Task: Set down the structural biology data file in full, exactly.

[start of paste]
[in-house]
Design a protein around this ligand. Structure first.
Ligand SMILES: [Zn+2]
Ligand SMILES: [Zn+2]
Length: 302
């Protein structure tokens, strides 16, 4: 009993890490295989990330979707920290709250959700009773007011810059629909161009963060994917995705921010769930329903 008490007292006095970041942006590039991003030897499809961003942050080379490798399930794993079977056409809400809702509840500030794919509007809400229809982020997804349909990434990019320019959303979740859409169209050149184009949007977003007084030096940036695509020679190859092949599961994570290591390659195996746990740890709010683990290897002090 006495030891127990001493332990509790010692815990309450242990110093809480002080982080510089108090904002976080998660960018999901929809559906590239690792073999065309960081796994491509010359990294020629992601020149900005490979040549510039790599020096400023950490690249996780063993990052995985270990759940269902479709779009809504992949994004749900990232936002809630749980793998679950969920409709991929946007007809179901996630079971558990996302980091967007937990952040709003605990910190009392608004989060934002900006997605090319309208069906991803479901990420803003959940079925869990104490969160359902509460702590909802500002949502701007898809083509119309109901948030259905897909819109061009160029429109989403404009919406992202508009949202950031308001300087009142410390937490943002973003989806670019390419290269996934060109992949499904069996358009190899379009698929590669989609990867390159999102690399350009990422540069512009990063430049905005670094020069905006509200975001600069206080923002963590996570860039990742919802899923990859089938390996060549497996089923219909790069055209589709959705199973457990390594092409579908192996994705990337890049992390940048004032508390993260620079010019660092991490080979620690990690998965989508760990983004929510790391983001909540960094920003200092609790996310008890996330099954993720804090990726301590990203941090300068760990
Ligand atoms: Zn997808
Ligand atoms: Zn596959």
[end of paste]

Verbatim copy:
[in-house]
Design a protein around this ligand. Structure first.
Ligand SMILES: [Zn+2]
Ligand SMILES: [Zn+2]
Length: 302
């Protein structure tokens, strides 16, 4: 009993890490295989990330979707920290709250959700009773007011810059629909161009963060994917995705921010769930329903 008490007292006095970041942006590039991003030897499809961003942050080379490798399930794993079977056409809400809702509840500030794919509007809400229809982020997804349909990434990019320019959303979740859409169209050149184009949007977003007084030096940036695509020679190859092949599961994570290591390659195996746990740890709010683990290897002090 006495030891127990001493332990509790010692815990309450242990110093809480002080982080510089108090904002976080998660960018999901929809559906590239690792073999065309960081796994491509010359990294020629992601020149900005490979040549510039790599020096400023950490690249996780063993990052995985270990759940269902479709779009809504992949994004749900990232936002809630749980793998679950969920409709991929946007007809179901996630079971558990996302980091967007937990952040709003605990910190009392608004989060934002900006997605090319309208069906991803479901990420803003959940079925869990104490969160359902509460702590909802500002949502701007898809083509119309109901948030259905897909819109061009160029429109989403404009919406992202508009949202950031308001300087009142410390937490943002973003989806670019390419290269996934060109992949499904069996358009190899379009698929590669989609990867390159999102690399350009990422540069512009990063430049905005670094020069905006509200975001600069206080923002963590996570860039990742919802899923990859089938390996060549497996089923219909790069055209589709959705199973457990390594092409579908192996994705990337890049992390940048004032508390993260620079010019660092991490080979620690990690998965989508760990983004929510790391983001909540960094920003200092609790996310008890996330099954993720804090990726301590990203941090300068760990
Ligand atoms: Zn997808
Ligand atoms: Zn596959």